Wednesday, December 26, 2007

Run fox run!

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In 2005 the UK parliament banned the hunting of foxes by hounds. And so the death knell was tolled for one of our oldest sporting traditions. Or was it?

Today was Boxing Day, the day which was most associated with hunting. And today more than a quarter of a million people turned out to participate in, or support the 300 hunts which took place throughout the country.


The authorities have so far made no real effort to enforce the new law, and as a result hunting is now supported more than at any time in the past.

Richard Dodd of the Countryside Alliance, supporters of hunting, said today that the ban was a ‘dog’s dinner dreamt up by people who know nothing about the countryside’. He is optimistic that in time this law will be scrapped. Indeed it is very difficult to find anyone in favour of the ban outside our large towns and cities.

On the other side, Mike Hobday of the League Against Cruel Sports said today that he does not believe that hunting is undergoing a revival, and doubted that the Alliance would succeed in getting the ban overturned.

The nearest hunt to me is a few miles away in the town of Battle, and if the scenes there today were anything to go by, I’d say that hunting is here to stay.

9 comments:

  1. Keith, did you ever participate in any of those hunts????

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  2. Hi LW, No I never have, but working in a rural pub means that most peole I come into contact with do - infact 2 of my teenage staff rode in the Battle hunt yesterday

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  3. Hmm.. I am not sure how feel about this...yet to decide which side I would take if I had to vote for the ban or not...hope xmas went well for you.

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  4. Seems rather barbaric I must say, to run the prey to death when it isn't even going to be a meal.
    On this side of the pond we would have the animal rights people in an uproar.
    But then on the other hand we think nothing of locking up wild animals in a zoo, which to me seems wrong.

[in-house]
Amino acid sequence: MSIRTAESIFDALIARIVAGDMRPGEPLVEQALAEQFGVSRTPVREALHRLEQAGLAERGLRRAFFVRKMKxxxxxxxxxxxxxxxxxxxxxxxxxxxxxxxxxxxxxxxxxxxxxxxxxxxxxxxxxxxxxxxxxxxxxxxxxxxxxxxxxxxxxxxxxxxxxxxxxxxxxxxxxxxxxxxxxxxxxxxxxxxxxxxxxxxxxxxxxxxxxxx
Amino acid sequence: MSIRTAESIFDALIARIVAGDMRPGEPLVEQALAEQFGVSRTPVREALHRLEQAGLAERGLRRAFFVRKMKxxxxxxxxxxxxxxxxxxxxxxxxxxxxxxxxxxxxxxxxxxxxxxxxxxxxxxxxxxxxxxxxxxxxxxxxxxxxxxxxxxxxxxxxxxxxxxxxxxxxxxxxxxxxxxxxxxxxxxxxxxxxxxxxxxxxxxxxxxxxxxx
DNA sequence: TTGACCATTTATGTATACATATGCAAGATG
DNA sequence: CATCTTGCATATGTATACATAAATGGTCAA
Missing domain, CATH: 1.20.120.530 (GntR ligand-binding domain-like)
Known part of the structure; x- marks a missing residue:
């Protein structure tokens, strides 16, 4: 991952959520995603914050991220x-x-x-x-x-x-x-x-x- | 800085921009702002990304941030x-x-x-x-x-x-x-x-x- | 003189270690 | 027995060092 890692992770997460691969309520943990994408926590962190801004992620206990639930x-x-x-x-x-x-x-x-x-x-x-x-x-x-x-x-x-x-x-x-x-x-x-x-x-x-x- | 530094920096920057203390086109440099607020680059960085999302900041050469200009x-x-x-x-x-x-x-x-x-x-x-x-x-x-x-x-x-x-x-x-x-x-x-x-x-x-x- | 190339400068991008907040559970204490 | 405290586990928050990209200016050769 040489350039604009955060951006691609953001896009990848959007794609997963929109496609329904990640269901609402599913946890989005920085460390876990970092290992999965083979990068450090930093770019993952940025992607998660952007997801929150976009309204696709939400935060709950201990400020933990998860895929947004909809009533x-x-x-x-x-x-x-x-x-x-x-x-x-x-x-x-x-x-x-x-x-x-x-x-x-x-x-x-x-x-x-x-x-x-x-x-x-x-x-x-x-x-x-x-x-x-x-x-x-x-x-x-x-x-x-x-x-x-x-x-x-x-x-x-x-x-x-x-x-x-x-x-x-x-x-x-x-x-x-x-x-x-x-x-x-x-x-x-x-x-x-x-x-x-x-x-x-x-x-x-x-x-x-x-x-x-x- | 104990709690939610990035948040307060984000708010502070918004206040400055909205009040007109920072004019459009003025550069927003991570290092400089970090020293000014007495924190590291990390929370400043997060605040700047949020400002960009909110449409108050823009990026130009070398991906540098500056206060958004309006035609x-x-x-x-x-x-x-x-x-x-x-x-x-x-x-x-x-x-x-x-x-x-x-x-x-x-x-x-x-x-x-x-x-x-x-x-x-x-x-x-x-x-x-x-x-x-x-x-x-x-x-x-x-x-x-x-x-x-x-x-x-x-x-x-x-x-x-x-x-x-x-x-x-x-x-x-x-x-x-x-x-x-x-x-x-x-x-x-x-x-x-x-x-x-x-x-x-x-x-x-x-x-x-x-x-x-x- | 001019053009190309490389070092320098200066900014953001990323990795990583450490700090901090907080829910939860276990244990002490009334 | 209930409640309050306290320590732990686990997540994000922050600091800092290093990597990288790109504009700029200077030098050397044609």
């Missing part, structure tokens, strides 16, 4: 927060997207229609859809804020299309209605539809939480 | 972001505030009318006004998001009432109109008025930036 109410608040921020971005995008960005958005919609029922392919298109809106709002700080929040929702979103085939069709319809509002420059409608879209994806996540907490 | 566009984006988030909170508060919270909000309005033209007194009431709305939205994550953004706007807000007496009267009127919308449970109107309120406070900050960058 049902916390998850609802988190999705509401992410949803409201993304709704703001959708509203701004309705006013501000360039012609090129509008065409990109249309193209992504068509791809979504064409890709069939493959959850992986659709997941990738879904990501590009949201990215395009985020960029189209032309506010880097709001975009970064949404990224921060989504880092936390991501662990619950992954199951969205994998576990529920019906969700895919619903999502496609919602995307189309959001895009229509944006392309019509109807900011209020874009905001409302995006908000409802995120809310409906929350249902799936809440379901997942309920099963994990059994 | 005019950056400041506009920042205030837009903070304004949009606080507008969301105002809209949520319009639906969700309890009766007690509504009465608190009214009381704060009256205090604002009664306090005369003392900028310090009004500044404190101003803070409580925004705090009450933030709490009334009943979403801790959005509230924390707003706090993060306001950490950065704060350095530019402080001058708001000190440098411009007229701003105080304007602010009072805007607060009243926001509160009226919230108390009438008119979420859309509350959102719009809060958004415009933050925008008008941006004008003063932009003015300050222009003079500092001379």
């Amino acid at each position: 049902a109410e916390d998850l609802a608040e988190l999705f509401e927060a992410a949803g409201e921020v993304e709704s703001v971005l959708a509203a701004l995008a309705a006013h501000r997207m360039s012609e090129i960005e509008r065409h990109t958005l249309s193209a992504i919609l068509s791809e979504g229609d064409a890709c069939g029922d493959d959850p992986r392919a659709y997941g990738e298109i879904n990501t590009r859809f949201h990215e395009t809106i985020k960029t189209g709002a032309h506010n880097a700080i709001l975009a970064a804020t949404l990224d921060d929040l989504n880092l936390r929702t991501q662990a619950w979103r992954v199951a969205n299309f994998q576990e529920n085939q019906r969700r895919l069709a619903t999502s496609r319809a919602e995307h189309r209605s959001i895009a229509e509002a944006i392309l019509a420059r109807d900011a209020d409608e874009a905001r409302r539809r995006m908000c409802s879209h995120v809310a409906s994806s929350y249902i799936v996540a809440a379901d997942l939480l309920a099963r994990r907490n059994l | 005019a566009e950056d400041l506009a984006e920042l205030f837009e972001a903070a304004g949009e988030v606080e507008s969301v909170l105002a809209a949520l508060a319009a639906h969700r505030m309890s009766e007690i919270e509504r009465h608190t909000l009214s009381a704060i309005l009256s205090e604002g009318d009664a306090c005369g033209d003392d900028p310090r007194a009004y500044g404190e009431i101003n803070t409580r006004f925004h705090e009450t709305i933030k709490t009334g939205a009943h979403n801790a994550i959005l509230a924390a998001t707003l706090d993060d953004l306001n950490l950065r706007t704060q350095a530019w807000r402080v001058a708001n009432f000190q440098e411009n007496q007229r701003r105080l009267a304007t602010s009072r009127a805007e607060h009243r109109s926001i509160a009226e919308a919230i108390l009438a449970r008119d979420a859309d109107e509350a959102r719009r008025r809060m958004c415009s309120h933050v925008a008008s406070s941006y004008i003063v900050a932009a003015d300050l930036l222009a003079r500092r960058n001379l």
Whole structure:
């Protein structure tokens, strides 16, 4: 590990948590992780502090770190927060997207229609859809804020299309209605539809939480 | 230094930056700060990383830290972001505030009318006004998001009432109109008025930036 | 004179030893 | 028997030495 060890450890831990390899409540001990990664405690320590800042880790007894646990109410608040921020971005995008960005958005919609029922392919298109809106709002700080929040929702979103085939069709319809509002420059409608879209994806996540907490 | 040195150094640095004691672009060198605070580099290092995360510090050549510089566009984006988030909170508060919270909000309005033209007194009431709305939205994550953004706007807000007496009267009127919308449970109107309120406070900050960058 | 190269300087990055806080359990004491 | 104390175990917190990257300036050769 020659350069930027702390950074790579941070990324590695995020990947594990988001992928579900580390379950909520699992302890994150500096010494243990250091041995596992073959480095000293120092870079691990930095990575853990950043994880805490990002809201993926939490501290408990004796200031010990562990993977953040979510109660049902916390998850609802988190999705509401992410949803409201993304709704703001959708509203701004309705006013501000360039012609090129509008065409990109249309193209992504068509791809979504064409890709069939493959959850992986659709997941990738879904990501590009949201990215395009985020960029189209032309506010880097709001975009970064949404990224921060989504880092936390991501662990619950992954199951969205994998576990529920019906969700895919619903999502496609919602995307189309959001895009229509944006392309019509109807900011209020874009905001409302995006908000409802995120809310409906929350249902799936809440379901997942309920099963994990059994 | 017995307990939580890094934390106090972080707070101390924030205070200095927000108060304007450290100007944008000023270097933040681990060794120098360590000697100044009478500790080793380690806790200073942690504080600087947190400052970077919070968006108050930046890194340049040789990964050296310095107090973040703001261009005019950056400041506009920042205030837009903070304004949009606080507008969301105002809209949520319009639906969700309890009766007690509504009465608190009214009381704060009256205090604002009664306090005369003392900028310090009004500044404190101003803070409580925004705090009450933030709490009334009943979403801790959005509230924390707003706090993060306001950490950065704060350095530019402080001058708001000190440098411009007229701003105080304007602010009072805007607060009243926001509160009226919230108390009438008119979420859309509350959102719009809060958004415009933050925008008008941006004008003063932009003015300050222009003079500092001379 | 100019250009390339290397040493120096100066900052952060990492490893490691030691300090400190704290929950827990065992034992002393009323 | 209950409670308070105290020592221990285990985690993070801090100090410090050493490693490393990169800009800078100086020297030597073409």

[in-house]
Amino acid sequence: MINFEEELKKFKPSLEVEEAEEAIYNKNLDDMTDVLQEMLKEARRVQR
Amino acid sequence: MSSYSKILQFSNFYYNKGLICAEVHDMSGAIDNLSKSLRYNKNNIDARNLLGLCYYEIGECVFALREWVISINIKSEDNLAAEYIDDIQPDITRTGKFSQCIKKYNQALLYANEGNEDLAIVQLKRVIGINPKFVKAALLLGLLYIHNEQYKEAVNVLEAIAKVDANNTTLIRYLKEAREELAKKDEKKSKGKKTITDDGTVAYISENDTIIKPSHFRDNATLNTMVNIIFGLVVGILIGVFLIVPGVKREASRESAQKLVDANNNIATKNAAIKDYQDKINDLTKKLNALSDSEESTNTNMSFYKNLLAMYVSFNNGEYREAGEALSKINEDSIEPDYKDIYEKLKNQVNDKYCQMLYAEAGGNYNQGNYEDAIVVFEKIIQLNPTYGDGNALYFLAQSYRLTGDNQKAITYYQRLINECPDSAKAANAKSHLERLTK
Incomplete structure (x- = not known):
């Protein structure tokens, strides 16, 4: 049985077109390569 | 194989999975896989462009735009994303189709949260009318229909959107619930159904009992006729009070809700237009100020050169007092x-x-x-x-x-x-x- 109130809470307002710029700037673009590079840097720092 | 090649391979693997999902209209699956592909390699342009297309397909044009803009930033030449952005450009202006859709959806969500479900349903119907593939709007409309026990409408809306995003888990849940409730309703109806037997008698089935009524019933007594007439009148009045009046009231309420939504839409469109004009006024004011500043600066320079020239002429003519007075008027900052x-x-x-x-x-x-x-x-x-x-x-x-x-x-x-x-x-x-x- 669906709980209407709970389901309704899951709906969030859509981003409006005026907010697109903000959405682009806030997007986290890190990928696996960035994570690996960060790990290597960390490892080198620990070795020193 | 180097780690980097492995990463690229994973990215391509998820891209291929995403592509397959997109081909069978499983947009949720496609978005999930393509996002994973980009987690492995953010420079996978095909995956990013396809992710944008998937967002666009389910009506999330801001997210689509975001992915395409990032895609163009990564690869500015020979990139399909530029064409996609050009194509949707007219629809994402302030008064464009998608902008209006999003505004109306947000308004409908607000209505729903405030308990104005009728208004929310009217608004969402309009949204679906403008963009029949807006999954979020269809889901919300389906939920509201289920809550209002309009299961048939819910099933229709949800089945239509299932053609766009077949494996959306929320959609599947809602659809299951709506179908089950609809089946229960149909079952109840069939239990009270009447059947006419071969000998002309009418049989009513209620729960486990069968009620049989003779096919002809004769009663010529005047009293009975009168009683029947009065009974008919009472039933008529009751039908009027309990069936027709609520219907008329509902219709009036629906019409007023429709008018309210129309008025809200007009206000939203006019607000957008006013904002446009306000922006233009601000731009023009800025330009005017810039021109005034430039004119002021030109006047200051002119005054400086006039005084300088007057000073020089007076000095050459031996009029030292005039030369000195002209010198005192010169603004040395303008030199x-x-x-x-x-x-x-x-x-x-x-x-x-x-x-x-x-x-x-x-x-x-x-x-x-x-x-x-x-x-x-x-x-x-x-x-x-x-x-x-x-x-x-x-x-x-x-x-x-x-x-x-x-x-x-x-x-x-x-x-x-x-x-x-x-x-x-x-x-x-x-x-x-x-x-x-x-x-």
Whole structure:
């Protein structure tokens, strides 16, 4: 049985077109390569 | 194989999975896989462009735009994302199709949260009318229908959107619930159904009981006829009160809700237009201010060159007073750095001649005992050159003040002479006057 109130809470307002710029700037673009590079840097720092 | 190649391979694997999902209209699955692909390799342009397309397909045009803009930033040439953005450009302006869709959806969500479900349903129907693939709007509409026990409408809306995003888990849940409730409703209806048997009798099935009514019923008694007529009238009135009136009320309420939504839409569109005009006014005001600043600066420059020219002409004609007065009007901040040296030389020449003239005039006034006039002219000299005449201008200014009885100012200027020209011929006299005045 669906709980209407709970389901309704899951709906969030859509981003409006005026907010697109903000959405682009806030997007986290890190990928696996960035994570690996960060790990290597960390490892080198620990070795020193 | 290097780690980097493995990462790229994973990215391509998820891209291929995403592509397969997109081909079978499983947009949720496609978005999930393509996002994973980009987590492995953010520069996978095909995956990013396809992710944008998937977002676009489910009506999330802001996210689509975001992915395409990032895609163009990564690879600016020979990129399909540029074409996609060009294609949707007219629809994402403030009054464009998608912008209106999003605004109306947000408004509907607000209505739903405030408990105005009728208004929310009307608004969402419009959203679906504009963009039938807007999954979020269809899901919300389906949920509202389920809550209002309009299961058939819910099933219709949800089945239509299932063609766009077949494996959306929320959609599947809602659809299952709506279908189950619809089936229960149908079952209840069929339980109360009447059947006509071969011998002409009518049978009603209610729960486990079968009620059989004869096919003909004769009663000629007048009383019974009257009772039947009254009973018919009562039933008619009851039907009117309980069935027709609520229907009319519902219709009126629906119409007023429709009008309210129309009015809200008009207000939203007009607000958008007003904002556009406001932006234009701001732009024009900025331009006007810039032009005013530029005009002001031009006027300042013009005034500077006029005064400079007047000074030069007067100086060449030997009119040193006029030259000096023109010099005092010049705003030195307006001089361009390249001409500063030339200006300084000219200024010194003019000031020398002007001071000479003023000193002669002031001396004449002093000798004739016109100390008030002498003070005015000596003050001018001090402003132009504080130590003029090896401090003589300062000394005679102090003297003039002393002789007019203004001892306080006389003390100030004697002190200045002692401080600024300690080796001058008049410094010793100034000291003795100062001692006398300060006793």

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  5. It makes me smile. That same small fox would be protected as if it were on the extinction list here on the islands. In the past, fox nearly were extinct here because of farmers setting traps. They had to protect their hens. But an island only has a limited ecosystem and once it is gone, it's gone.
    Your post has made me stop and think about the ways of the past vs the present ways. I've come to a conclusion. The present means of killing are not often better than past means. The difference is that now it is hidden behind closed doors and what it out of sight is out of mind. I've been behind those closed doors and I'd prefer for the animals sake, it stayed out in the open.

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  6. Happy Boxing Day to you. The pics are beautiful.

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  7. Interesting, but puzzling tradition for a non-hunter like myself. Are foxes considered pest or problems in the UK? Here in Oregon, we rarely see them and when we do it is a treat!

    -Will

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  8. Firstly, we are over run with foxes, not only in the countryside, but also in our inner cities.

    Yes Will, they are something of a pest in rural area and are quite capable of wiping out whole flocks of hens in a very short time.

    Interestigly LW, you mentioned that it seems barbaric 'to run the prey to death when it isn't even going to be a meal'. Interesting because that is exactly what foxes do to hens!

    Gimme, the fox population has to be controlled. Dogs hunting foxes is all part of natures plan. Who is too say this is wrong? I don't know.

    UL, I don't have any strong feelings either way. The hunt is a magnificent sight and part of our heritage. Then again, some of the rituals associated with it, such as the 'blooding'of children are pretty distasteful.

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  9. these photos reminded me so of listening to the musicial "peter and the wolf"; not sure why

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